Yes, any Technika is a relatively expensive camera, but, overall, worth the money. It lasts forever, is always a pleasure to use and can withstand heavy use. ANY camera can be expensive to repair, but most well made field cameras whether Linhof, or otherwise, will not require service if cared for and handled properly.

I use my Master Technika as I would a view camera, always composing on the groundglass. I don't think I've ever used relied upon the rangefinder. It's true that the cams can be costly and must be calibrated for each lens. You will find that factory supplied Linnhof lenses and their respective cams have the lens serial number engraved on the cam. For me, the enjoyment is composing on the glass. If the camera is only being used with the rangefinder focusing, you're missing out on much of the value in this camera. Also, Technikas are heavy and not much fun to use handheld ! However, as you can see, I'm prejudiced.

Providing you like the camera, that it's really in great "like new" condition and you do not need to have lenses "cammed" or use WA lenses, I would repair the bellows under the condition you can get some adjustment in price. Speak to Marflex, first to get an accurate cost. Last I heard, the bellows alone was approx $300.00 and installation is extra. The total cost might exceed the $400.00 you heard elsewhere.

If rangefinder use is imperative, get a kit with the lenses already cammed, but be prepared to pay for same.

Bob Salomon
26-Aug-2012, 13:17
" You will find that factory supplied Linnhof lenses and their respective cams have the lens serial number engraved on the cam"

No, all Linhof service centers, and many non-authorized service centers, engrave the serial number or numbers (if it is a IV) on the cam. The factory stamps the focal length on all blank cams.

26-Aug-2012, 16:00
" You will find that factory supplied Linnhof lenses and their respective cams have the lens serial number engraved on the cam"

No, all Linhof service centers, and many non-authorized service centers, engrave the serial number or numbers (if it is a IV) on the cam. The factory stamps the focal length on all blank cams.

Sorry for the mis-information...

Bob, perhaps you could explain:
When I bought my IV many years ago, it came with a Technika branded Symmar 150 /265 and cam. (i still have the lens.) The dealer here in NY told me I could be assured that the lens and cam were factory matched as evidenced by the cam bearing an engraved letter "L" in script followed by the serial number of my lens. The focal length and all the number engravings are in red. Based on what you said above, it seems the dealer was not being truthful.

Thanks, Dennis

Bob Salomon
26-Aug-2012, 16:31

The IV was discontinued in May of 1963. I have been the Product Manager since Jan. of 1980. While I have been involved with Linhof the service centers, first ZIV Service on Long Island and then Marflex in NJ and now NC have always put the serial number on the cam and when they marked a cam with the serial number it was done the same way as cams that the factory cut for lenses that we bought from Linhof directly.

It is very possible that Linhof may have put an L on a cam and it is easy to make a number a color or just black. The technique is exactly the same. Only the crayon is different. but there is no reason why the service centers couldn't also do that. Putting an L on a cam is no more difficult then stamping a number on a cam.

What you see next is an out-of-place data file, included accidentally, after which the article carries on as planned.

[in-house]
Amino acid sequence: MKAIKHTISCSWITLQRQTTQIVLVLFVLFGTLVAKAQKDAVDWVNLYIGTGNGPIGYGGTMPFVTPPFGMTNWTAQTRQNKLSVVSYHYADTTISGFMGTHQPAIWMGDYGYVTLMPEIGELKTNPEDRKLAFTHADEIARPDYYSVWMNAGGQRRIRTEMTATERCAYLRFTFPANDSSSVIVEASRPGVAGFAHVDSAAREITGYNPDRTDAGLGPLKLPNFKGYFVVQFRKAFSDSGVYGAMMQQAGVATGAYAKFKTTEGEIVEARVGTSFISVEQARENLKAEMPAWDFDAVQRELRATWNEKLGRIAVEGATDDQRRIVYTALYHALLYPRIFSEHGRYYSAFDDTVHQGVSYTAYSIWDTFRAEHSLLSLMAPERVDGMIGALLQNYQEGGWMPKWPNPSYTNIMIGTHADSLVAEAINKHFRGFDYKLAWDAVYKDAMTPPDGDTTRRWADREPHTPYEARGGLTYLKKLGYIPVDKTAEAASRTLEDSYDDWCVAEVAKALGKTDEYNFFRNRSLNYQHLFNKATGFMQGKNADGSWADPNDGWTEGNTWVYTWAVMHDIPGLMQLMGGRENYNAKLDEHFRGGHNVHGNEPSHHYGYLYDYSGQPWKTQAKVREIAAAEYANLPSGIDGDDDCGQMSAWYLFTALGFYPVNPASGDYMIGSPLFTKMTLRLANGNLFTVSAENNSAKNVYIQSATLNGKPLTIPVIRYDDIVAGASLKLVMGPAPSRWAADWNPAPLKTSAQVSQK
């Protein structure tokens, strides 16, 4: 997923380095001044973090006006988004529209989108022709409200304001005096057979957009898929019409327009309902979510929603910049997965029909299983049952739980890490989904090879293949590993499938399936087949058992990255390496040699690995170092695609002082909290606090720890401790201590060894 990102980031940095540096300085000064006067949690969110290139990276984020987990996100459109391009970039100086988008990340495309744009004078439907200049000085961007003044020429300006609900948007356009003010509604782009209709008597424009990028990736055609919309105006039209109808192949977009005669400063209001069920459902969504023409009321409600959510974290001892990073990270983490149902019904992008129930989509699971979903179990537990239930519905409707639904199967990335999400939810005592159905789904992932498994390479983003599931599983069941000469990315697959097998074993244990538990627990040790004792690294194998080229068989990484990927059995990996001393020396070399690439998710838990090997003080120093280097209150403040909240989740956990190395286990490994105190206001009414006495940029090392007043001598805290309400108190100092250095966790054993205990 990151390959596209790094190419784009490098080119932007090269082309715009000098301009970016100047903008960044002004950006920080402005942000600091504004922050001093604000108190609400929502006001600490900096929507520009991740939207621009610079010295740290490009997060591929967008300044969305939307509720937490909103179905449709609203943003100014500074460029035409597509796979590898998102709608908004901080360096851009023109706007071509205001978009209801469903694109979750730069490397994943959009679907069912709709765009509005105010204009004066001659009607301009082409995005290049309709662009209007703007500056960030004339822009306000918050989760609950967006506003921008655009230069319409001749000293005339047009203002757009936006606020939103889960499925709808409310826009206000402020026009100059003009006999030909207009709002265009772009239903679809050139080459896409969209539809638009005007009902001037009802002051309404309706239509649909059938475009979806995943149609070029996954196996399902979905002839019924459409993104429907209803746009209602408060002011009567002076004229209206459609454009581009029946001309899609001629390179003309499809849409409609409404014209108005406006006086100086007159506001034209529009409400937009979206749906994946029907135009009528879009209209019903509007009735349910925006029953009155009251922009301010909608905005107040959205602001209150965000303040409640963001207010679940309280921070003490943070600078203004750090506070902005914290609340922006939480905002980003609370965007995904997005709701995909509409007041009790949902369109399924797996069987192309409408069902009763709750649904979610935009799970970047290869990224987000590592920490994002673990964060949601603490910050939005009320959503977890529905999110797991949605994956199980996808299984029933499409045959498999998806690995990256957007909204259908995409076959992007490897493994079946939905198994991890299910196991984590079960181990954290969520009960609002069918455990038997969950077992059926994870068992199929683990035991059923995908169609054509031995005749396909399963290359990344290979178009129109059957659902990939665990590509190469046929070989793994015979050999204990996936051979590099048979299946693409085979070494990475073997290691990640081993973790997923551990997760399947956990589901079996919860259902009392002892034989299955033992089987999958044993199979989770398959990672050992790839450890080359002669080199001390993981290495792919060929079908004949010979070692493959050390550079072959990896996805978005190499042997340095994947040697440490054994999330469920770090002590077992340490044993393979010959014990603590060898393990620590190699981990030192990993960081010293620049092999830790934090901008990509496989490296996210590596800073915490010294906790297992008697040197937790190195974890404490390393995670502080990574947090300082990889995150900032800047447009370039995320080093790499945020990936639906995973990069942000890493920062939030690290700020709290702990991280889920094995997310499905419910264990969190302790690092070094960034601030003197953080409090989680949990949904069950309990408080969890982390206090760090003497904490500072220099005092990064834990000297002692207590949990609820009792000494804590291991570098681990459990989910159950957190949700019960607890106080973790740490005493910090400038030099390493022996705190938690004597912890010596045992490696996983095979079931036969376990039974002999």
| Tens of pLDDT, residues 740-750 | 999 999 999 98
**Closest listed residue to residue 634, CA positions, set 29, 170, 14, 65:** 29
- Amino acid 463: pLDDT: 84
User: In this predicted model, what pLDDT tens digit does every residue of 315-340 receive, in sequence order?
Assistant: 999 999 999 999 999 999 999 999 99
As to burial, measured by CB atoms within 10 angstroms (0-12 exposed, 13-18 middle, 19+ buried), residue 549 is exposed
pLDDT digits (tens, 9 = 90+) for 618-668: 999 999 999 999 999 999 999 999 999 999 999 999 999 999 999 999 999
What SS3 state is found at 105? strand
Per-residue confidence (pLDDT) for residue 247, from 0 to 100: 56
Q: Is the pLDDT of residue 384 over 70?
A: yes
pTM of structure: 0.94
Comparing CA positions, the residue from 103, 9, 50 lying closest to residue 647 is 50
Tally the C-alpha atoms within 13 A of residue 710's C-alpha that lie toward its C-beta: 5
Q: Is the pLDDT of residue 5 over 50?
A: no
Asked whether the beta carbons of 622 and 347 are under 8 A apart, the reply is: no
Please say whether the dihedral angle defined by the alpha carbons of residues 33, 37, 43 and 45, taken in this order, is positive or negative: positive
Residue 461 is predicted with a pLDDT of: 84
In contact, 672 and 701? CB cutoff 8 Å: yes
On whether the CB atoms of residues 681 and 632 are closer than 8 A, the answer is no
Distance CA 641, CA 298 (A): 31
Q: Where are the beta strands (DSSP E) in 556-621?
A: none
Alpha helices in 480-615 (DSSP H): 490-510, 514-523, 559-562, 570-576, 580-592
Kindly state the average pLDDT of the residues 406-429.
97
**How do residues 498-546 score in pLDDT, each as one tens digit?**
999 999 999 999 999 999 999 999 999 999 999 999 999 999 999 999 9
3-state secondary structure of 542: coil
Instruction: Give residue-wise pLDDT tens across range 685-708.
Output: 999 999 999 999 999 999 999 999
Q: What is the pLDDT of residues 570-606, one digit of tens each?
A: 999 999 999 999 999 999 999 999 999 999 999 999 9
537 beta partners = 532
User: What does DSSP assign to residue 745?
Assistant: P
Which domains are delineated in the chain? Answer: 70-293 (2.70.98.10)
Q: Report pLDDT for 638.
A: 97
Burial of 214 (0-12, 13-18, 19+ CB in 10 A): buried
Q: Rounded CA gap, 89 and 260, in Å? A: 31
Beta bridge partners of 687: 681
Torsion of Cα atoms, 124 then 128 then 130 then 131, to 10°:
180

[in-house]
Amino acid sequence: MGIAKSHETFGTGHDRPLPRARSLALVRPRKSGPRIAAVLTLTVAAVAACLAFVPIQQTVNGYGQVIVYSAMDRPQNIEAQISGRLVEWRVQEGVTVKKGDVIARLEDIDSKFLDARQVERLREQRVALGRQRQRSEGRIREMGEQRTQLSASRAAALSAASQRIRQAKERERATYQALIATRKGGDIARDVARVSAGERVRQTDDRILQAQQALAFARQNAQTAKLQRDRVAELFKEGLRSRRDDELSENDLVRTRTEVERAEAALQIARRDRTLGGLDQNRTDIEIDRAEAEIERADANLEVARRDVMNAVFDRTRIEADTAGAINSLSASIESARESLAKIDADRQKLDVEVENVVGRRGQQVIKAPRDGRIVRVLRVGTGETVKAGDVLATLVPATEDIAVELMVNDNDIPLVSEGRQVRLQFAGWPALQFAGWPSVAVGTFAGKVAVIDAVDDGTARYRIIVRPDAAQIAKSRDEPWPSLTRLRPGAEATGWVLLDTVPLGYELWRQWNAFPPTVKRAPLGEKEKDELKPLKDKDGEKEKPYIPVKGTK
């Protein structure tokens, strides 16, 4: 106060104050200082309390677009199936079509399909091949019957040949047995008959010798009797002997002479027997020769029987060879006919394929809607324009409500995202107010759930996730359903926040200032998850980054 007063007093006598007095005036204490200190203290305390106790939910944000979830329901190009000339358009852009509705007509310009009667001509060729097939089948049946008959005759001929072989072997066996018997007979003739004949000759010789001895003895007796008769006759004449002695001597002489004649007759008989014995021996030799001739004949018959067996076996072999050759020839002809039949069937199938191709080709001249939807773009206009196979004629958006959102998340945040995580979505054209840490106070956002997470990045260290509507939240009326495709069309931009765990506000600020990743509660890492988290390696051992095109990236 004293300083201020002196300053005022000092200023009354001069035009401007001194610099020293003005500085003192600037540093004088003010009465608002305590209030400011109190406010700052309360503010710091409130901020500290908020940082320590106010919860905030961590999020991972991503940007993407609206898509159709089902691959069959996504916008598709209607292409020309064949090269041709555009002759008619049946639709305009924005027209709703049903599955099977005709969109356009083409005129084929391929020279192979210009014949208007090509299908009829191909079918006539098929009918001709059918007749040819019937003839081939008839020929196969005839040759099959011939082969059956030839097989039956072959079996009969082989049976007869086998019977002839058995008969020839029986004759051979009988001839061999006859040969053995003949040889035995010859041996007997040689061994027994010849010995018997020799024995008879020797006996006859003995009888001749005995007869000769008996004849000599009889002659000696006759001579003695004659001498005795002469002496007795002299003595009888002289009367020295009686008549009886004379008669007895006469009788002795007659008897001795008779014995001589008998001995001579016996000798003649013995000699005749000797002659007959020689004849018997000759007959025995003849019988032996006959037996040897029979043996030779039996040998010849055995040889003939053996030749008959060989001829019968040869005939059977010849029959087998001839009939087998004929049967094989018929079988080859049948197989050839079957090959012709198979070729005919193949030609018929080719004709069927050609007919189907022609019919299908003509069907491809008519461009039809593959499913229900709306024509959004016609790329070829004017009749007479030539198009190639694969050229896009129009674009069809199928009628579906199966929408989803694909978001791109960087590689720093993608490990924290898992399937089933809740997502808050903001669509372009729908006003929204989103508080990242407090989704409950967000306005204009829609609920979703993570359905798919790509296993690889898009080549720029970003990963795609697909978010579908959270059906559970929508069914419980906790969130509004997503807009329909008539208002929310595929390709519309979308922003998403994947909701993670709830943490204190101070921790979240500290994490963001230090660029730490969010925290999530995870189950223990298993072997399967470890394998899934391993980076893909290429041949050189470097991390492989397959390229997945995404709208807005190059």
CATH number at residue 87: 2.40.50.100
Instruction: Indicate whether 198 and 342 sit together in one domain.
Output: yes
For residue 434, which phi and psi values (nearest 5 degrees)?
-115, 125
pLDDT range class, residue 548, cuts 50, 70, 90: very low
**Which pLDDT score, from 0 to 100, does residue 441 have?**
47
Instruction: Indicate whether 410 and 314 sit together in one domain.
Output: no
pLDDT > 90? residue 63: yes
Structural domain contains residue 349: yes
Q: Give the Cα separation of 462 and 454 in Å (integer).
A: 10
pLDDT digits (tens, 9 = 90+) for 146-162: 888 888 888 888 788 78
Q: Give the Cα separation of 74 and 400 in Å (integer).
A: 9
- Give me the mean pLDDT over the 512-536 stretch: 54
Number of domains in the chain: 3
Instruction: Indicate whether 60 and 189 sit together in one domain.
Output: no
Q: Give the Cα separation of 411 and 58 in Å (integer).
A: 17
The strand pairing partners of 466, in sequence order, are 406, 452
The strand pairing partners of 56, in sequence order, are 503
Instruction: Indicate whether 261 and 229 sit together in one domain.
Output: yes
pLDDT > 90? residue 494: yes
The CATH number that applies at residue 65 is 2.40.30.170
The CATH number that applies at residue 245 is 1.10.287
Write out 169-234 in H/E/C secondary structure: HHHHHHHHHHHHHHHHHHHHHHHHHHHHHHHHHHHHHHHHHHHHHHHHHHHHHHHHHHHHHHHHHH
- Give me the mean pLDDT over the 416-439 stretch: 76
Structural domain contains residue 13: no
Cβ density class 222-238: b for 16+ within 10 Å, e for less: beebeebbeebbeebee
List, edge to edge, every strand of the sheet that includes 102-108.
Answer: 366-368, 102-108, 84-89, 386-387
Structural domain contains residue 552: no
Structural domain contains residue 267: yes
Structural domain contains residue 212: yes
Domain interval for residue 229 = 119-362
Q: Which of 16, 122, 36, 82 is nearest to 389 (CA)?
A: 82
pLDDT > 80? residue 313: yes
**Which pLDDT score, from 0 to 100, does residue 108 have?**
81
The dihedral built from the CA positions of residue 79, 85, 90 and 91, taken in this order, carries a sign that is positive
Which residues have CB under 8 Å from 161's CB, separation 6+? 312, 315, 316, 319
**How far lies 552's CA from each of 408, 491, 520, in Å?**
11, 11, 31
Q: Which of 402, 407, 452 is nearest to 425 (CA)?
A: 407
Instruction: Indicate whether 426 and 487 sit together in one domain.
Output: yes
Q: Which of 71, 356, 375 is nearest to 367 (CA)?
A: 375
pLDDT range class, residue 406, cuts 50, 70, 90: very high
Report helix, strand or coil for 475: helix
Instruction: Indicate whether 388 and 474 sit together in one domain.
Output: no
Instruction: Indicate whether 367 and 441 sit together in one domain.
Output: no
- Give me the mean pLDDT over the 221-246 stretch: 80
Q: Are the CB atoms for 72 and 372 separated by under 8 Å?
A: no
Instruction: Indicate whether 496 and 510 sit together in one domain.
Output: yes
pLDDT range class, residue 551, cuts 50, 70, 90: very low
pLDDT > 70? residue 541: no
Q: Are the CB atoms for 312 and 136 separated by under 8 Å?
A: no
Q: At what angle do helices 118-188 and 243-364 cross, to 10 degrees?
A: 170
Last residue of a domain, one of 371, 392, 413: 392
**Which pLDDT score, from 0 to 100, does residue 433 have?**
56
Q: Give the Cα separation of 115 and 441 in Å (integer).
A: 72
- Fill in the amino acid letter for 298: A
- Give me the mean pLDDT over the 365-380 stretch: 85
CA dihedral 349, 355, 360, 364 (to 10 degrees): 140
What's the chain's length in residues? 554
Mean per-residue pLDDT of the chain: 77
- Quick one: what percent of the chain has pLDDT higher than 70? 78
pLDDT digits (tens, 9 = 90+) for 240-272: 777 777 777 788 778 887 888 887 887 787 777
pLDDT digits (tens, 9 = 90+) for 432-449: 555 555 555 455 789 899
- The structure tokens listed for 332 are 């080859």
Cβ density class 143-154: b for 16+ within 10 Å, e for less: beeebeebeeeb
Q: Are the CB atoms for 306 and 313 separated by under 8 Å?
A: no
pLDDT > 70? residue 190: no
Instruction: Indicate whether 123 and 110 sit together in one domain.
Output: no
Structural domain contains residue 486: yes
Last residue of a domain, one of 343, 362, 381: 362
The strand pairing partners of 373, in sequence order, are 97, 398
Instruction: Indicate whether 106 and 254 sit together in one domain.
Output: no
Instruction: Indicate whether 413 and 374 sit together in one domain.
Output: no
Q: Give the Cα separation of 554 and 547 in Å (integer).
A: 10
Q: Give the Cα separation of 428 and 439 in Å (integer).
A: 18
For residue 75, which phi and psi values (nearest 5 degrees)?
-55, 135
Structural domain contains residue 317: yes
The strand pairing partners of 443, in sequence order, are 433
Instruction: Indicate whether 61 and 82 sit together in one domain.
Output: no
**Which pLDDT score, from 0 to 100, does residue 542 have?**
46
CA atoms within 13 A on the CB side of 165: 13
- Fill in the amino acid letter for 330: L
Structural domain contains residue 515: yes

A letter doesn't prove the cam and lens is matched, the serial number of the lens, on top of the cam, and the camera, on the bottom of the cam, are what prove that they are matched.

Marflex can grind and match a cam just as accurately as the factory can, and for considerably less cost!

Your dealer may have had accurate info for cameras made from Oct of 56 to May of 63 but that info would not be correct now. And was many years ago almost 50 years, or more ago?

26-Aug-2012, 20:57
Q: Why is a divorce so expensive?
A: Because it's worth it!

A good Technika is like a divorce..

E. von Hoegh
27-Aug-2012, 07:18
The Linhof STIV is not a field camera. It is not a view camera. It is a technical camera. It can be used handheld with the rangefinder which is dead accurate and either an optical or a wire frame viewfinder. It is rigid and precise, having most of the movements of a view camera. It will last as long as it is taken care of. It is beautifully made.

I've been using a factory cammed 3 lens (90,150,270) + STIV outfit since about 1987, and have never wanted any other 4x5 camera - it still looks and functions as a nearly new camera.

28-Aug-2012, 13:33
Some five years ago I had new bellows mounted by Linhof IV, Munich for some euro 500 after I bought the camera on ebay. I wouldn't know why I should cam the lenses as I allways use a tripod and darkcloth. I know that pro's send their cameras each and every year to Linhof for servicing but then they use the camera for a living - as an amateur I use the camera just for the fun. I use a Linhof Technika 70 more often as this camera sports a big view finder and is not as heavy as the Technika IV outfit. This year I had my Nikon F100 serviced for euro 340 and received an almost new Nikon. After some 40 years I had my Hasselblad 500 serviced for euro 300 and never regretted it. Servicing cameras is an expensive part of photography but well worth while considering today's selling prices of Linhof, Nikon, Hasselblad and others. What you get is camera 'almost as new' and none of my cameras have ever failed to function.